We can’t review all these topics in one post, but will dig deeper in the future. (My friend, Kristina, is recommending a multi-part series to cover this topic.) Let me know if you’re interested in more fermenting content. For now, let’s take a look at evaluating pickles, kimchi, and sauerkraut.
This may be putting the cart before the horse, but understanding the principles- the How It Works and Why We Do What We Do- can help you answer your own questions during the process. Every batch, every season, is different and knowing how to respond to this living project may be helpful as you get started.
So this is the low-down:
Salt: It creates a beneficial environment for certain bacteria to grow and discourages growth of undesirable bacteria. It’s used to pull liquid from vegetables when dry-salting, a technique used when making sauerkraut, or as a brine to submerge vegetables, such as when making pickles. Only use pickling/canning salt, as not all salts are the same weight by volume and recipes are tested use this salt. It’s also free of additives.
Containers: Glass, food-grade plastic, and ceramic is okay. Avoid metal clasp-top lids because the acidity you’re striving for will eventually ruin them. I like glass containers because the tiny bubbles show active fermenting and I can see if all the bubbles have been released daily. Quart and half-gallon jars are great; place on a non-metal plate or pie tin to catch drips.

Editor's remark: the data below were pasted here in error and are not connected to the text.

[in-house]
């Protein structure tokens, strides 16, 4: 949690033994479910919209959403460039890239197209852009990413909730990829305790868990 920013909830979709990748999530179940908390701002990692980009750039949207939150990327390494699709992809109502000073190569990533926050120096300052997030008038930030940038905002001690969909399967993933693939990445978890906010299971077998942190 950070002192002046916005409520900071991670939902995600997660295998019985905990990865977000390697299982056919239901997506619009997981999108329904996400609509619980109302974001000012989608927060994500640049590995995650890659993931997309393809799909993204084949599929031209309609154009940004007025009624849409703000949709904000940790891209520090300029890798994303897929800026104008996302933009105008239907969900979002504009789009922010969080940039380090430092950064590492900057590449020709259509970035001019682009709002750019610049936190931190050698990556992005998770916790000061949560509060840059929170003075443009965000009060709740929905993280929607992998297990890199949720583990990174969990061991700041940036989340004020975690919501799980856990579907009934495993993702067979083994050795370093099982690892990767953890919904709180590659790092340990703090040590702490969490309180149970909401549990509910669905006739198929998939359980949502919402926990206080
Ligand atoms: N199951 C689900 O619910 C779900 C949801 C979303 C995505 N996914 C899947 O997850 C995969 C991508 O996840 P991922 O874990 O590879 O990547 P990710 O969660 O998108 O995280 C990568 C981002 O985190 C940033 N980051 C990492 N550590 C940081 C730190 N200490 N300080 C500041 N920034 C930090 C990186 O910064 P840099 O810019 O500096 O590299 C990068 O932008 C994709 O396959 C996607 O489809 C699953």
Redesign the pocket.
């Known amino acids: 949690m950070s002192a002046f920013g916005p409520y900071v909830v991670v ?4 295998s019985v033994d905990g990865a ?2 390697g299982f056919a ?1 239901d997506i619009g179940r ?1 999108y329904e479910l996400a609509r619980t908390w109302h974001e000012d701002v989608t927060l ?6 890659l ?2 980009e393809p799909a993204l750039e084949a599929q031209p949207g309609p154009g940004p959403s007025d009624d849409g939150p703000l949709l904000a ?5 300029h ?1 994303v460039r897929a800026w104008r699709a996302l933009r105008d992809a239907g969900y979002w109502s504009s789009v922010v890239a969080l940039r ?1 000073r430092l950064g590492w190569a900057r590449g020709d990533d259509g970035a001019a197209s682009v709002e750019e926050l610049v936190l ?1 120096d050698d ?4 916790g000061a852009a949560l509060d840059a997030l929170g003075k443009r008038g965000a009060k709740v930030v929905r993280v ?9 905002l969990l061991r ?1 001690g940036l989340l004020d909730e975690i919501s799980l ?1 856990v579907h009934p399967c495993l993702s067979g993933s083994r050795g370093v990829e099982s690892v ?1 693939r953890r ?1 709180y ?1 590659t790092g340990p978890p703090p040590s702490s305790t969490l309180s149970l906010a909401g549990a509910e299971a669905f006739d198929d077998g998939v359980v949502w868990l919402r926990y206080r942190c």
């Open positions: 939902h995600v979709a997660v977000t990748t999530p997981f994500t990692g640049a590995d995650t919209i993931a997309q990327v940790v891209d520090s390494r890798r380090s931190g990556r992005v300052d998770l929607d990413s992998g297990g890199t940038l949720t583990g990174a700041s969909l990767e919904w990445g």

Weights: You need something to keep your fermenting ingredients under liquid. This can be easier said than done, as little wispy things like to float. It’s important though, because fermentation bacteria thrive in anaerobic (air-free) environments. Large cabbage leaves or even a couple onion slices can act as the first layer to corral small vegetables or spices. You can go low-tech and use a zip-close bag or jelly jar filled with brine (or jelly), or ceramic or glass weights. I have zero luck using a plate. If it works for you… awesome-sauce. Please tell me what you do in the comments. FYI, The Joy of Pickling suggests using brine instead of water, just in case the bag leaks or the jar spills in your product. By the way, it’s not a matter of if it will leak. It’s a matter of when.